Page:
SEOUL: Furious relatives of missing victims from South Korea’s ferry disaster attacked a top coast guard official yesterday, accusing him of lying about efforts to retrieve bodies still trapped in the submerged vessel.
Around 20 relatives forced their way into the office of Choi Sang-Hwan, the Deputy Director of the Korea Coastguard, and pulled him outside, ripping his shirt and punching and slapping him around the face and neck.
The relatives accused Choi of exaggerating the scale of the recovery effort, saying the scene they witnessed during a boat trip to the disaster site earlier yesterday did not match with his briefings.
The bereaved families have continually criticised what they see as delays in the rescue and recovery operation and a lack of committed resources.
The crowd held Choi until other officials arrived and then subjected them to a lengthy grilling on the recovery operation.
The confirmed death toll yesterday stood at 171, but 131 were still missing as dive teams searched in near pitch-black conditions for bodies trapped in the ferry’s interior.
More than a week after the 6,825 tonne Sewol capsized and sank with 476 people on board, most of them high school students, there is still widespread anger over the pace of the initial rescue effort.
It took divers working in difficult and dangerous conditions more than two days to get into the sunken ferry and two more days to retrieve the first bodies.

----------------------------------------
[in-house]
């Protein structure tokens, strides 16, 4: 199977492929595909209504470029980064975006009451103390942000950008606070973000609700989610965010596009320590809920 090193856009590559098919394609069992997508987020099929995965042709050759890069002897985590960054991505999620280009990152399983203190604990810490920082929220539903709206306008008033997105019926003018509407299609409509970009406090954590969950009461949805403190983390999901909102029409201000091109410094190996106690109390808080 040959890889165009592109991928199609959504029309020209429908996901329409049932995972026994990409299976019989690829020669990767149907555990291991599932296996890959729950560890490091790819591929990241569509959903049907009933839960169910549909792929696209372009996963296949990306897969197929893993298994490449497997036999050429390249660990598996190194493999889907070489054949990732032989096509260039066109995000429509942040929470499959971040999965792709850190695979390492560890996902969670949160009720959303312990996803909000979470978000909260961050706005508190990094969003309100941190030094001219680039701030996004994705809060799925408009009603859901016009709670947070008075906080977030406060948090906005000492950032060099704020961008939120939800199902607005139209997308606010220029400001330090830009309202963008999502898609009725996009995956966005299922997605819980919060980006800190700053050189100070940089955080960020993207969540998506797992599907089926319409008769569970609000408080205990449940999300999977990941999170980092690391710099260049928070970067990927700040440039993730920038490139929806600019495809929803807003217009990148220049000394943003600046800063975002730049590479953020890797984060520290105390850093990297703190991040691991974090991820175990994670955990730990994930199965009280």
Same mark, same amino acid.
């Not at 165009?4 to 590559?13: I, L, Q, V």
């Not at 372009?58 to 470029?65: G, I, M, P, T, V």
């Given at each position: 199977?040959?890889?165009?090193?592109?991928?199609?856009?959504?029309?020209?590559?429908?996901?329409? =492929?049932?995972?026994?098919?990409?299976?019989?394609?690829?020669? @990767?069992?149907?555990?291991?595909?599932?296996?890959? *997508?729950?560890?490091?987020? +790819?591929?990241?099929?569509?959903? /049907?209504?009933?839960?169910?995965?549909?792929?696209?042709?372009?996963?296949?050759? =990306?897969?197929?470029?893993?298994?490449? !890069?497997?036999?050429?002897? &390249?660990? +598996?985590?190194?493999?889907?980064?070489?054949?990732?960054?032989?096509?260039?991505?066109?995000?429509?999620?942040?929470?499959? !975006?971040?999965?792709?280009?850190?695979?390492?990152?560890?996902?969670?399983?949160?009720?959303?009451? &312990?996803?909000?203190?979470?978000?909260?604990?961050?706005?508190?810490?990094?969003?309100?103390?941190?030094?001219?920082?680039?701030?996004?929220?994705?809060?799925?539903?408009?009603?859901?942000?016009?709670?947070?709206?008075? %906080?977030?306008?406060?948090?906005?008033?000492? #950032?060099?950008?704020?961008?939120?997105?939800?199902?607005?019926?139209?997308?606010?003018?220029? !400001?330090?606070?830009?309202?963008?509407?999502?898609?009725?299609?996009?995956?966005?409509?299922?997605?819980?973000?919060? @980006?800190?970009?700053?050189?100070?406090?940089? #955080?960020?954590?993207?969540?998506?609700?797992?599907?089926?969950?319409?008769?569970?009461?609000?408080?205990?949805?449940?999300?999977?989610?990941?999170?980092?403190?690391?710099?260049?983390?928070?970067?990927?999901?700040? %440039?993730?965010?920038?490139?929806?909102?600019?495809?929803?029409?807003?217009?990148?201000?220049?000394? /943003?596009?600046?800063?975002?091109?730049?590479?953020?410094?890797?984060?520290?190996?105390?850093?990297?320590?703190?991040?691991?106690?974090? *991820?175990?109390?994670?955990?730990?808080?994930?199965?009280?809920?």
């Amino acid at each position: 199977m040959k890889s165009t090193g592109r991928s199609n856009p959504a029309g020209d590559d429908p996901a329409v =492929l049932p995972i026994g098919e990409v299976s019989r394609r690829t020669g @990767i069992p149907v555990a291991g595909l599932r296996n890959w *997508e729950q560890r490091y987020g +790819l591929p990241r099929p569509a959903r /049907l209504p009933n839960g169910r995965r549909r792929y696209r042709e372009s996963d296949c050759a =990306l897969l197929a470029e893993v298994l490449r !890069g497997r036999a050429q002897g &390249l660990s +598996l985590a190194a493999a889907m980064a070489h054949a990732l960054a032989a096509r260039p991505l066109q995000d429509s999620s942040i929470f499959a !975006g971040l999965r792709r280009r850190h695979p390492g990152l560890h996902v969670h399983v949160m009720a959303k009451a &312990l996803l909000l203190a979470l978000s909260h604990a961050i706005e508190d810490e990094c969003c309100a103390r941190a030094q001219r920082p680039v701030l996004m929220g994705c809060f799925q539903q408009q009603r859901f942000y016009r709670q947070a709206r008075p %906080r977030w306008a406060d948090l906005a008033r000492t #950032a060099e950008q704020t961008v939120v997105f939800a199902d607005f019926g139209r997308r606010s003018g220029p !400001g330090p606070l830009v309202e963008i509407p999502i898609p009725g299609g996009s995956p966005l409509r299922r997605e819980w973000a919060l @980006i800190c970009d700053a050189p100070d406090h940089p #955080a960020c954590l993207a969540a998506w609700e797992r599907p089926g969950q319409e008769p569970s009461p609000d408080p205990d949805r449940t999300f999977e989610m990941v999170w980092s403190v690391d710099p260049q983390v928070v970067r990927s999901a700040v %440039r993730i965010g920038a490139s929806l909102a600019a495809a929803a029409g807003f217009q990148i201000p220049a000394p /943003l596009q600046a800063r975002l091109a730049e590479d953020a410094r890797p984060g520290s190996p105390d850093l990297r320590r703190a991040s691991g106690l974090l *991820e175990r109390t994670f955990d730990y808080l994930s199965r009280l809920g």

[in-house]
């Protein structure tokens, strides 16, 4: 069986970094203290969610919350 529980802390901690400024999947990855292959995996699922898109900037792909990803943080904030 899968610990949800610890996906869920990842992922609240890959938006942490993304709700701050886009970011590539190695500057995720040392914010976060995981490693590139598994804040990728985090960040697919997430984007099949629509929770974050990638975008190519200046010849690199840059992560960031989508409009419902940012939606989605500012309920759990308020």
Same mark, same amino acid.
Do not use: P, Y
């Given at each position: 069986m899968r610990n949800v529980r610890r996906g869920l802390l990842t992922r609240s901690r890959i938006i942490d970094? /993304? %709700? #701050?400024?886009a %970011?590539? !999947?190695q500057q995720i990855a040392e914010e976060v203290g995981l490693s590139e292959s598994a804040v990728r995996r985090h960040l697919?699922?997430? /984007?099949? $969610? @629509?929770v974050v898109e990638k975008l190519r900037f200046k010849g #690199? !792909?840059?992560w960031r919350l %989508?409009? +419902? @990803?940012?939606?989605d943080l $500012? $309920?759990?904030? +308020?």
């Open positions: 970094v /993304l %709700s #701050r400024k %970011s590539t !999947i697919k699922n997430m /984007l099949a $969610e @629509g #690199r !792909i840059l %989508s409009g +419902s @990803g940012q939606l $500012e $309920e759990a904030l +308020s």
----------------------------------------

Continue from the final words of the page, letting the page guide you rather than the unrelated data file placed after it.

Many relatives believe some of the victims may have survived for several days in trapped air pockets, but perished in the cold water after no rescue came.
As a result some have asked for autopsies to be performed, to see if it would be possible to determine the precise cause and time of death.
“We have received a number of enquiries about autopsies,” said a member of the forensic team on Jindo island working on identifying the bodies recovered from the disaster site. An official responsible for legal and medical issues at the emergency situation desk on Jindo said there was nothing to prevent families having an autopsy carried out.
“But to my knowledge, nobody has so far actually brought a body to the National Forensic Service to have this done,” the official said.
The belief that some passengers might have survived the initial capsize was very strong in the days immediately after the Sewol sank on April 16, fuelled in part by fake postings on social network sites that claimed to be text messages from passengers begging to be rescued.
Of the 476 people on board, 325 were students from Danwon High School in Ansan city just south of Seoul.
The school, which has remained closed for the past week, resumed classes for its senior class yesterday.
Kim Hyong-Ki, the spokesman for a representative committee set up by the relatives, confirmed that some parents were pushing for autopsies. “They want to know for certain how their family members died,” Kim said.
“That said, most people oppose it because they can’t bear the idea of the bodies being damaged any more.
“My daughter’s body is still out there in the sea, but I don’t want anyone dissecting it after it is recovered,” he said.